Want to know more about bone cancer?
Osteosarcoma is an aggressive bone cancer associated with pain and a risk of bone fracture due to the weakening of the bone strength. It can evolve rapidly to metastases (cancer cells spreading elsewhere in the body). Depending on the time of diagnostic, the aggressiveness of the bone cancer and the possibilities of treatments, dogs can survive as little as 1 or 2 months, but the average survival time is from 5 to 11 months.
Osteosarcoma affecting long bones (front and hind limbs) is the most frequent, representing 85% of all bone cancers. However, other bones such as jaws, hips and pelvis may also be affected.
What is the cause of osteosarcoma?
The cause of developing an osteosarcoma is unclear and is most probably multi-factorial (environmental and/or genetic). Size, body weight and especially height are considered as important risk factors.
Large and giant breed dogs (such as Boxer Dogs, Doberman Pinschers, Golden Retrievers, German Shepherd Dogs, Great Danes, Greyhounds, Irish Setters, Irish Wolfhounds, and Rottweilers) are unfortunately the most predisposed to bone cancers and pay the highest toll to this disease.
What are the signs of osteosarcoma?
Your dog shows a sudden lameness or a local swelling without an obvious cause. He/she is also lethargic, manifests loss of appetite and is reluctant to use the limb because of pain. Bone cancer might be the cause of these signs, especially if your dog is a large or giant breed.
Dog will limp on the affected limb and may present a local swelling, the area may appear warm, and the tumor might often be felt at the palpation (associated with pain).
Based on these first signs, your veterinarian will make a radiographic image (X-Ray) of the region to show the abnormal bone structure with bone destruction (osteolytic lesion) and/or abnormal bone formation (osteoproductive lesion).
A fine needle aspiration, a less aggressive method, can be performed to characterize cells present in the tumor. For a more definitive diagnosis, a bone sample (biopsy) will be collected surgically. The veterinary pathologist will then examine the samples to confirm the diagnosis.
The treatment options aim to manage pain, reduce the risk of pathological fractures and improve the well-being of the dog. They also intend to control bone cancer or evolution (locally and metastases).
Bone cancer is particularly painful therefore the first concern is to relief pain: analgesic medication is often used in this aim.
Bone cancer treatment combines surgical and non-surgical procedures. Surgery (amputation of the cancer limb or partial resection known as invasive limb-sparing surgery) may or may not be combined with chemotherapy or radiation therapy to control as long as possible the evolution of the disease and give comfort to the patient.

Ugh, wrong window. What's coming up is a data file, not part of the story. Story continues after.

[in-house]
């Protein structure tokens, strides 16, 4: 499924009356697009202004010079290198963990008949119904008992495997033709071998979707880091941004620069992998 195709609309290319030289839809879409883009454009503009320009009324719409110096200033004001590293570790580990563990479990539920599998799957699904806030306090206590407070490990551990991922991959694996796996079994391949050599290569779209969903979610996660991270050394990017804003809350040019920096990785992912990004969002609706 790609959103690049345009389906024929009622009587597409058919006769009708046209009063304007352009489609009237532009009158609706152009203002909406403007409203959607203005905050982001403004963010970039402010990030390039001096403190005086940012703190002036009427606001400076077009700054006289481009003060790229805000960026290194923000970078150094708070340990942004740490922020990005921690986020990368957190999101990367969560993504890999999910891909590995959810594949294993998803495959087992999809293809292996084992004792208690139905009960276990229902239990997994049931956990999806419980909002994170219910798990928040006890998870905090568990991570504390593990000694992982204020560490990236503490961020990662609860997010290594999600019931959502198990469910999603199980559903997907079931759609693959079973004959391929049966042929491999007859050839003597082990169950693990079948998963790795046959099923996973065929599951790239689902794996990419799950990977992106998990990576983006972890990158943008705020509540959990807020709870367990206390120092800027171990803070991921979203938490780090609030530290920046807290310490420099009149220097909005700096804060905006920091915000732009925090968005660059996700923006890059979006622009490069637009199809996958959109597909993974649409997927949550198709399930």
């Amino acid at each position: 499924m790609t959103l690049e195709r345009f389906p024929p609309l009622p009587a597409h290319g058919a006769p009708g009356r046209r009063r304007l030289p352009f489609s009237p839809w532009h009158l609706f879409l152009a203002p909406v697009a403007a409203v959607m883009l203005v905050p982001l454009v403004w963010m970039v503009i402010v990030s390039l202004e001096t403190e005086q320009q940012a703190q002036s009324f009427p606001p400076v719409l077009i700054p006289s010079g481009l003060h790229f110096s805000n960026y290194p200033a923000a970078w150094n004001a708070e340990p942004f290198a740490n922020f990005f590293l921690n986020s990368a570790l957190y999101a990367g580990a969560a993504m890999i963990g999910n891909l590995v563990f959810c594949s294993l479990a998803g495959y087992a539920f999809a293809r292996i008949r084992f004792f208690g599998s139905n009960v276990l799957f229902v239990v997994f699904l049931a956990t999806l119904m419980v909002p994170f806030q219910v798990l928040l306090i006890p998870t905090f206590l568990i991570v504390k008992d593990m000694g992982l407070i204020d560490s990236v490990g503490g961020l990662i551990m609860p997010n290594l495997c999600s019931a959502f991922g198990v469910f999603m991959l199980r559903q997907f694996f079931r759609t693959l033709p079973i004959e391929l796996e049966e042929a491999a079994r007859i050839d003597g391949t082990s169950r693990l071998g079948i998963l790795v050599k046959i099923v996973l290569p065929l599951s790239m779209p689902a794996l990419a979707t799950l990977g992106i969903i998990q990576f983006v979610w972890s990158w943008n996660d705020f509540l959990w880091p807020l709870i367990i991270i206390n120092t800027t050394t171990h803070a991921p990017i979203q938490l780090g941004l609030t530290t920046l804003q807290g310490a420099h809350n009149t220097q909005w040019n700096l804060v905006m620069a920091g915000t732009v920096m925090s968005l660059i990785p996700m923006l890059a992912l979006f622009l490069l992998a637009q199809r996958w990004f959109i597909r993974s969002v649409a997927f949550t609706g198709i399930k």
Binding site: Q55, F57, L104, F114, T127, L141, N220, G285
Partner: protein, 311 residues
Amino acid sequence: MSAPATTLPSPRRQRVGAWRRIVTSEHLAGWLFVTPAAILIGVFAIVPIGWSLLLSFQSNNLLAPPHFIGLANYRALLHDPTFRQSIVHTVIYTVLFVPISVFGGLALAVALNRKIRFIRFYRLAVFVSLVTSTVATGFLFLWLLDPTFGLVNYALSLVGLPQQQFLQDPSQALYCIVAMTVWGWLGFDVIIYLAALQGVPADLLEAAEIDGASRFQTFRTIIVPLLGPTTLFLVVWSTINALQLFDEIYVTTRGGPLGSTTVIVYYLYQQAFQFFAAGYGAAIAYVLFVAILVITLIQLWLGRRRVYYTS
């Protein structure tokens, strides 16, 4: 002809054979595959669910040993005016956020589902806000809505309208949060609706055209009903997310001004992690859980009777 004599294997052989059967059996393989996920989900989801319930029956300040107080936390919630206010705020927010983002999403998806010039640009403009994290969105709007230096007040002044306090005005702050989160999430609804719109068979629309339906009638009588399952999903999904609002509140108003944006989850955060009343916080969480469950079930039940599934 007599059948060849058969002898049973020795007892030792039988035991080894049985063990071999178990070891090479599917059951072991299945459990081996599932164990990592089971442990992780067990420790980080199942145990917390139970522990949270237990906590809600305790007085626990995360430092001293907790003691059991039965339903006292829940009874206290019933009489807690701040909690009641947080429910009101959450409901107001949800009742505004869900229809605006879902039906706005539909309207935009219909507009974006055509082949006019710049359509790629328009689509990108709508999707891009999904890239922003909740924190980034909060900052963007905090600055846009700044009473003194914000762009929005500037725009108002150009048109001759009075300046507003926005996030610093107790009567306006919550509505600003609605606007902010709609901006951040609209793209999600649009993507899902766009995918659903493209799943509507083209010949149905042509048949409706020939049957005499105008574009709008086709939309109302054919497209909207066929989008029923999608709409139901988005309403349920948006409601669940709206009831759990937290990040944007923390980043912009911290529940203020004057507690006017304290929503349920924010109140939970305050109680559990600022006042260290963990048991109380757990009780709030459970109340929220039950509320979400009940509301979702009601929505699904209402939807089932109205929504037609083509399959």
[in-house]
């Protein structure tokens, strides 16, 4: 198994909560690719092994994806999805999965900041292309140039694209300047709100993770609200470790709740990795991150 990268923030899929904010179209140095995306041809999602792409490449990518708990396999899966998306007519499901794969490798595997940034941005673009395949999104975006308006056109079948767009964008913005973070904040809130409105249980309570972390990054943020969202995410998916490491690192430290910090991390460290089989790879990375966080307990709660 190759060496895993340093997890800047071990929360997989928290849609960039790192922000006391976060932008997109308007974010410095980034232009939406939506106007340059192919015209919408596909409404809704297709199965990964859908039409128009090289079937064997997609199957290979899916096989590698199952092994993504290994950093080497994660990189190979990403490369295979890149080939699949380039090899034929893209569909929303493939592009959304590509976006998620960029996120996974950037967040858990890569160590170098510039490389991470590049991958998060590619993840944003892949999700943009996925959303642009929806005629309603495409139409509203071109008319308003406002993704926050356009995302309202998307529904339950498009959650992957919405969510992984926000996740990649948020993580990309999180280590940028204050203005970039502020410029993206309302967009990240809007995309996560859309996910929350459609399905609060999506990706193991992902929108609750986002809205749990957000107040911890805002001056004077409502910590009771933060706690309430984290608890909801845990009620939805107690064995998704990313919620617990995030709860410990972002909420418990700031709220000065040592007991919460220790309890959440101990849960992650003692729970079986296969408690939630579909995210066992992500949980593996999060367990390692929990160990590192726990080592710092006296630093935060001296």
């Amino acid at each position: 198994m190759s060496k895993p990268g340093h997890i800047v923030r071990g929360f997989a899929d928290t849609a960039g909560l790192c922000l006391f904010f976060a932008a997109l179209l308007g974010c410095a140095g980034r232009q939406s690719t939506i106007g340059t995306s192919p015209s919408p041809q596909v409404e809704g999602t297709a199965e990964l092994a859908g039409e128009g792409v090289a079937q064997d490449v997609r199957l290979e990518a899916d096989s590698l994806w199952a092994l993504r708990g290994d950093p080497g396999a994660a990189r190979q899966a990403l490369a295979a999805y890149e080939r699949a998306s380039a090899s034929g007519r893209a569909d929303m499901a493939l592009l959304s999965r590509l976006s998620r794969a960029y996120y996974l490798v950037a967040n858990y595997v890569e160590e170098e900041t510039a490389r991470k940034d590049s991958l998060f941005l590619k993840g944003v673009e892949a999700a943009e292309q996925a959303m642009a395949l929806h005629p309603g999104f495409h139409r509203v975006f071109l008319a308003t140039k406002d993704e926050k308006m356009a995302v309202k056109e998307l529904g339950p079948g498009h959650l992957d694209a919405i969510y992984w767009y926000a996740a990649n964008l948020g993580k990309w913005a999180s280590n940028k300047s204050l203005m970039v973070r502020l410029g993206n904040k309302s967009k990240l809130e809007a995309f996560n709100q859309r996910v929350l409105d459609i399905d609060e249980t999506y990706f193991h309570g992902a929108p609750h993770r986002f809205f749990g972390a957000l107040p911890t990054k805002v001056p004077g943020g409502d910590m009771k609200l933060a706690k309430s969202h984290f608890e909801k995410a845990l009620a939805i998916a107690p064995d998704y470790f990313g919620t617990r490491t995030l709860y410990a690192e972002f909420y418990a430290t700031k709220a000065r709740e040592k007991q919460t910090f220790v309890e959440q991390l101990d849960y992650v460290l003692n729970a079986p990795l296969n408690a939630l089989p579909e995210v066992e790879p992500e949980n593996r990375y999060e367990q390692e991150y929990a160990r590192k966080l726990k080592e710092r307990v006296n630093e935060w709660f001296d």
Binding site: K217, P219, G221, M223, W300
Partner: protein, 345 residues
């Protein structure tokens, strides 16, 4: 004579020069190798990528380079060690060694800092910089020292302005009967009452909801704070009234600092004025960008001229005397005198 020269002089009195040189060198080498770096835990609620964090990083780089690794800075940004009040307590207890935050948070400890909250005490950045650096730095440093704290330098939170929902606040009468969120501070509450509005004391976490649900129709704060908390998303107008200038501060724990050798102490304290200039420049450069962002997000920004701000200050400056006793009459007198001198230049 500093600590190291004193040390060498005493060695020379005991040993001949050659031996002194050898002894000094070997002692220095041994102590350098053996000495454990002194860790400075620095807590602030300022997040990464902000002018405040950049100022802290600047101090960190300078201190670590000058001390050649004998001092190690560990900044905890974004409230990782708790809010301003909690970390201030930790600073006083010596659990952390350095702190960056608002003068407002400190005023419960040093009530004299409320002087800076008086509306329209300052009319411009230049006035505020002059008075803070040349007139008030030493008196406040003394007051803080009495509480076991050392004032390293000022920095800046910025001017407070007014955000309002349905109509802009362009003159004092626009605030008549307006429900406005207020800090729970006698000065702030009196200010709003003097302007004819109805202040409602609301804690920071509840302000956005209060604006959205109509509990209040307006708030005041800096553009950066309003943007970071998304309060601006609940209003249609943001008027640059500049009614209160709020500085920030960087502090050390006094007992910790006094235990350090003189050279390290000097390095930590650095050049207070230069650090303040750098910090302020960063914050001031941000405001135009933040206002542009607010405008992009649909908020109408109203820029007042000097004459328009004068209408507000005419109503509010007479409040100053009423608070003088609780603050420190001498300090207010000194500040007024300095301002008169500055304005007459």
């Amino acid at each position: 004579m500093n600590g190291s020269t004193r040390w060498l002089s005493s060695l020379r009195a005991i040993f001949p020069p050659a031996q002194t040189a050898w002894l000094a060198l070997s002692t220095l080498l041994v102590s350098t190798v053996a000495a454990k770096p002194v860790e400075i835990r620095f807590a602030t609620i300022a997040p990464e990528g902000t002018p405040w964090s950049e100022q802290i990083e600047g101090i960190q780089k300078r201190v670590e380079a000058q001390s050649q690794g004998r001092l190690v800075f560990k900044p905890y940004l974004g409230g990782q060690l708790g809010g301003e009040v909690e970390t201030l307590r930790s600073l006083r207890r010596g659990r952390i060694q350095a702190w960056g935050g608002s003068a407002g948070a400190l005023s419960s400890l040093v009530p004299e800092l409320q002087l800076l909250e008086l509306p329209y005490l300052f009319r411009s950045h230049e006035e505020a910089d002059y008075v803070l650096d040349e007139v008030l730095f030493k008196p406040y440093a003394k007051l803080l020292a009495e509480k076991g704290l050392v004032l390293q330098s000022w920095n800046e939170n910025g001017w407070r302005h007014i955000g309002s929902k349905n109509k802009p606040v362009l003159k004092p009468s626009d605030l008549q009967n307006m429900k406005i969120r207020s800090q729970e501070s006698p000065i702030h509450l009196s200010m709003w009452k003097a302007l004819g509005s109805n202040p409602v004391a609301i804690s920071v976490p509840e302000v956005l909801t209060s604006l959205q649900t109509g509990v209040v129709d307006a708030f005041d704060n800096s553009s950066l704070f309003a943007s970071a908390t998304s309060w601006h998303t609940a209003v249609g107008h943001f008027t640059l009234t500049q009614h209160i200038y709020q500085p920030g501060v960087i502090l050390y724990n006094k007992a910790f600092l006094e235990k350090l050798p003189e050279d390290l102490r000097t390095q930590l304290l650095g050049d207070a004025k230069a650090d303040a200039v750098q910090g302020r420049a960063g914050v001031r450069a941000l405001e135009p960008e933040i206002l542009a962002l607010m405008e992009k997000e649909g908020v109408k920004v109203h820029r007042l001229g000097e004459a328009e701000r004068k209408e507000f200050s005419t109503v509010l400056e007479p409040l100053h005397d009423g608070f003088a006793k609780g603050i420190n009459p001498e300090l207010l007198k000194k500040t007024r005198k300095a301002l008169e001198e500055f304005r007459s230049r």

Amputation and invasive limb-sparing surgery are not always possible due to the presence of other diseases, the large size or the overweight of the dog. It may also be by owner’s choice.
In these cases, an alternative option is needed.
The cementoplasty with BIOCERA-VET OSTEOSARCOMA RTU is a new innovative palliative and complementary (to other non-surgical procedures) option for these dogs.
The cementoplasty is a minimally invasive surgical procedure aiming to provide bone reinforcement by filling the cavity affected by the bone cancer. Indeed, weakened bone causes pain, lameness and increases risk of pathological fractures.
This mini-invasive approach, meaning through a small hole on the skin, is used to inject the cement into the bone cavity after the veterinarian has tried to remove as much as possible the tumoral content (curettage). In this case, the filling is performed using BIOCERA-VET OSTEOSARCOMA RTU.
Cementoplasty may help in reducing pain and preserving limb function with a lower risk of pathological fracture thanks to the bone support provided.
Find an experienced veterinarian in cementoplasty near you
Each clinic propose non surgical management treatments complementary to cementoplasty such as chemotherapy, immunotherapy, radiotherapy and micro-wave ablation. For more info on the treatment options at the clinic of your choosing, contact the clinic directly or contact us.
Living with bone cancer
This treatment didn't cure Navy's cancer but as palliative care it did remove Navy's pain and allowed him to spend more time together.
I’m very glad my vet was able to do the procedure because it gave Ruby a chance to carry on using her leg for as long as possible. Having a hip osteoarthritis, walking on three legs would have been a struggle for her.”
Aberystwyth, United Kingdom
So thankful for Dr. Stewart and Petsound Animal Hospital for all they have done and are continuing to do for Colt. He has come so far in just a few weeks and it’s the best Christmas present I could have asked for.”
Raleigh, North Carolina, United-States
Thanks to the cementoplasty, Hastro lives as he used to before the disease. Being a Newfoundland, he loves swimming, but pain prevented him from enjoying it. Now he takes pleasure again and gets in and out of water with ease.”